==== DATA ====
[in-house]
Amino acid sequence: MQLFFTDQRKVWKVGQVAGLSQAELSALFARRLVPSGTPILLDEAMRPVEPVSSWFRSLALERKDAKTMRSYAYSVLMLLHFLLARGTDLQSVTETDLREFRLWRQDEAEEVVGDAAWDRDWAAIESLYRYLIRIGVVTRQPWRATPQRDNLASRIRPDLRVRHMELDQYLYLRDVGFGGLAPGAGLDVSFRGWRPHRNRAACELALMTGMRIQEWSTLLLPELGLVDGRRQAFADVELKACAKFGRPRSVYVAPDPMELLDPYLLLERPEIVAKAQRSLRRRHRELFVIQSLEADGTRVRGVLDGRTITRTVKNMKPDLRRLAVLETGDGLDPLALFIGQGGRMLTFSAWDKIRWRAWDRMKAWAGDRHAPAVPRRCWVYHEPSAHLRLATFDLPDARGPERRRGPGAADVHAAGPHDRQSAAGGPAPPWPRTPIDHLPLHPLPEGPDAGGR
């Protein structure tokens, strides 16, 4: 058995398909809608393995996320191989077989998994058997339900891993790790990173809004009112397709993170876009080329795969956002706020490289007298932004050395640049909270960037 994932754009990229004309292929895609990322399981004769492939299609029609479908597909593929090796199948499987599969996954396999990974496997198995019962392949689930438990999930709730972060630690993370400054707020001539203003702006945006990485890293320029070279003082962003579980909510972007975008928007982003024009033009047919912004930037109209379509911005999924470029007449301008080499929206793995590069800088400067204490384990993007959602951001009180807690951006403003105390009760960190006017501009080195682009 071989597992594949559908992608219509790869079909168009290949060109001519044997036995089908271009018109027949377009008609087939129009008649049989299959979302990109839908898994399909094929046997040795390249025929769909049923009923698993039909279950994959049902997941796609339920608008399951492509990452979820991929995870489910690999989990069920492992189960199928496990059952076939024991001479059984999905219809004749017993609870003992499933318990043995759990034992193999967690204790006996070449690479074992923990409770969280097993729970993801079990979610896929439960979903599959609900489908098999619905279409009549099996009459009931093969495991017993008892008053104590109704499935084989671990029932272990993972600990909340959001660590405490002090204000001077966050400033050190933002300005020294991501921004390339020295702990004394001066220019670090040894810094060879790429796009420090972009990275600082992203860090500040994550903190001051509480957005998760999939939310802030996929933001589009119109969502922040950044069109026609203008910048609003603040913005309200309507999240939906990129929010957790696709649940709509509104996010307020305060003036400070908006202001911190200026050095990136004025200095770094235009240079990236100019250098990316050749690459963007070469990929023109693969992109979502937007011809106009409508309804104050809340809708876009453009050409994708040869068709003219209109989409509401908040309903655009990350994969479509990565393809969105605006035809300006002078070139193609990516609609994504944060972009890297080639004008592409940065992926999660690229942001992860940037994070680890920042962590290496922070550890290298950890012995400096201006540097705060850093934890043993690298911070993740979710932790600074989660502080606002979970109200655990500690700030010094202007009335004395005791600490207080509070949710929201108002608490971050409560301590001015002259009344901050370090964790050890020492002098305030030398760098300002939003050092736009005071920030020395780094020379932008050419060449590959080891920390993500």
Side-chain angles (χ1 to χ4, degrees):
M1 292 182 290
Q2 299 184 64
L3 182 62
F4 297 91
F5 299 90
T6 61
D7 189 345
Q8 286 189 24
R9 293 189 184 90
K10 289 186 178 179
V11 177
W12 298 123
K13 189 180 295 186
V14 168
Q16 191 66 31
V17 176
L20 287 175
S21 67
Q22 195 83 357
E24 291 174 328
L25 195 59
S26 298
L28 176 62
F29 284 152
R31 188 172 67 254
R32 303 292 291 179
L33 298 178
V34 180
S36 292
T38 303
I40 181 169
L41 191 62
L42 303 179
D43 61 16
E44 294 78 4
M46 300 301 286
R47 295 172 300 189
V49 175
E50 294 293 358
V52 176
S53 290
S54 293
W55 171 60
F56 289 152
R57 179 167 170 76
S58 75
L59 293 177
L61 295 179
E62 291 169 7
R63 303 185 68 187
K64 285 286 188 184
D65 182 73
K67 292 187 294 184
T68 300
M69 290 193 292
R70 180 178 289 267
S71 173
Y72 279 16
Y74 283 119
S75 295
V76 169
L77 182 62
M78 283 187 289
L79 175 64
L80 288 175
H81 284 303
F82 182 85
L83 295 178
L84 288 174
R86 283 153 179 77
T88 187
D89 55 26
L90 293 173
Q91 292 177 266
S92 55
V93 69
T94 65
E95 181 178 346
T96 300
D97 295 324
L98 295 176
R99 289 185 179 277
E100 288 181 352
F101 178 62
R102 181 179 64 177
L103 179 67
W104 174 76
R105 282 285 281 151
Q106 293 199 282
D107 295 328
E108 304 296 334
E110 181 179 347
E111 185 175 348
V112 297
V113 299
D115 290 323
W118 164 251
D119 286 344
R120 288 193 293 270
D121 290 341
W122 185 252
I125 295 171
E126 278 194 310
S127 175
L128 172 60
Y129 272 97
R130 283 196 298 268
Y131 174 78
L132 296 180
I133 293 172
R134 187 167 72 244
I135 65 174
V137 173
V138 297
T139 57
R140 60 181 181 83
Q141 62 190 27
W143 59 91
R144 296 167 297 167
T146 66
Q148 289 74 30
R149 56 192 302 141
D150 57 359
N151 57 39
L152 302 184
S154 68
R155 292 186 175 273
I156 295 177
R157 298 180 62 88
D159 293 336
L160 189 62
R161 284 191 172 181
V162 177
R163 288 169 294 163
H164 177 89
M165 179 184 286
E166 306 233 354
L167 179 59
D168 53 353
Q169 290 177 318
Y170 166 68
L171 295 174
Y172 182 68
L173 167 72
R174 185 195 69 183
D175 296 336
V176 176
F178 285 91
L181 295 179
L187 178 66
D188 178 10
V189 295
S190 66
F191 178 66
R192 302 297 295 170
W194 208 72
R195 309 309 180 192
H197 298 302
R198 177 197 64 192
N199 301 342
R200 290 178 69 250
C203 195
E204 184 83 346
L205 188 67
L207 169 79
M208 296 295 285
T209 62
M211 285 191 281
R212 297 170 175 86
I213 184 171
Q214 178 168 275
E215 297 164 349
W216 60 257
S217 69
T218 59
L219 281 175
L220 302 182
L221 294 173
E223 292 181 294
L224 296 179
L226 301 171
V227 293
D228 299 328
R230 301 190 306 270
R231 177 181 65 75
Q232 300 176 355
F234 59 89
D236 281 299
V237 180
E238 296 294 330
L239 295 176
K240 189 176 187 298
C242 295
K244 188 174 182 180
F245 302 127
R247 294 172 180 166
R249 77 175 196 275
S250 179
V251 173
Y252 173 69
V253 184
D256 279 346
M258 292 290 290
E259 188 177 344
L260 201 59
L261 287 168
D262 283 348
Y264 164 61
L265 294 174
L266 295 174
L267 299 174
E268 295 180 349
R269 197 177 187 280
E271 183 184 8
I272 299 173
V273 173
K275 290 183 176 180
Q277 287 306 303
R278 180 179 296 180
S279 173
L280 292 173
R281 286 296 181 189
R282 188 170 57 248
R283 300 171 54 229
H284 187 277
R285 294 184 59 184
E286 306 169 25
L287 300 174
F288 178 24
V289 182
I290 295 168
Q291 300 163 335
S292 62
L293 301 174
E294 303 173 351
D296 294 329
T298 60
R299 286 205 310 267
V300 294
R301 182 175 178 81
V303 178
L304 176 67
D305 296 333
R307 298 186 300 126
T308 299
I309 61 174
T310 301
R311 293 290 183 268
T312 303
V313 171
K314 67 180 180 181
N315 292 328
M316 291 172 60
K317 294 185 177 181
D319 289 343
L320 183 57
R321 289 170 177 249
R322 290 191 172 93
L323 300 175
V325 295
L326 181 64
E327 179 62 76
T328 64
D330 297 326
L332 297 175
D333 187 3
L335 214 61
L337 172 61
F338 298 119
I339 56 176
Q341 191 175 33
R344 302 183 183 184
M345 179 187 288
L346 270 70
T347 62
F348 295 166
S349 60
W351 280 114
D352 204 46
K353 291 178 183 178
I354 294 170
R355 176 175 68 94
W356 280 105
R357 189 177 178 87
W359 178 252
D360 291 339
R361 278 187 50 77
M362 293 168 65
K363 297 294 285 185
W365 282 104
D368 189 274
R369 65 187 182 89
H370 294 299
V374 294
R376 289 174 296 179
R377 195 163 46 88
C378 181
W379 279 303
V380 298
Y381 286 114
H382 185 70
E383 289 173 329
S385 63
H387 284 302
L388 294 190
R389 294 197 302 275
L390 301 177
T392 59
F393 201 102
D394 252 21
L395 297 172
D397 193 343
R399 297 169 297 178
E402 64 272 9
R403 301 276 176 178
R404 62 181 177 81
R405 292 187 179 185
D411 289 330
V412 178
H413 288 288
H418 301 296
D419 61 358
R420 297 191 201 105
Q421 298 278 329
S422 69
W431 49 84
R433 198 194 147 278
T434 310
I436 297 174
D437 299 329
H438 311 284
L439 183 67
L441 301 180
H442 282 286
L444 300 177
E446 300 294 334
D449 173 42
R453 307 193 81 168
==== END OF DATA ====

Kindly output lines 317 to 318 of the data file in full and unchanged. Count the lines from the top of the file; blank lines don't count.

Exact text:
R399 297 169 297 178
E402 64 272 9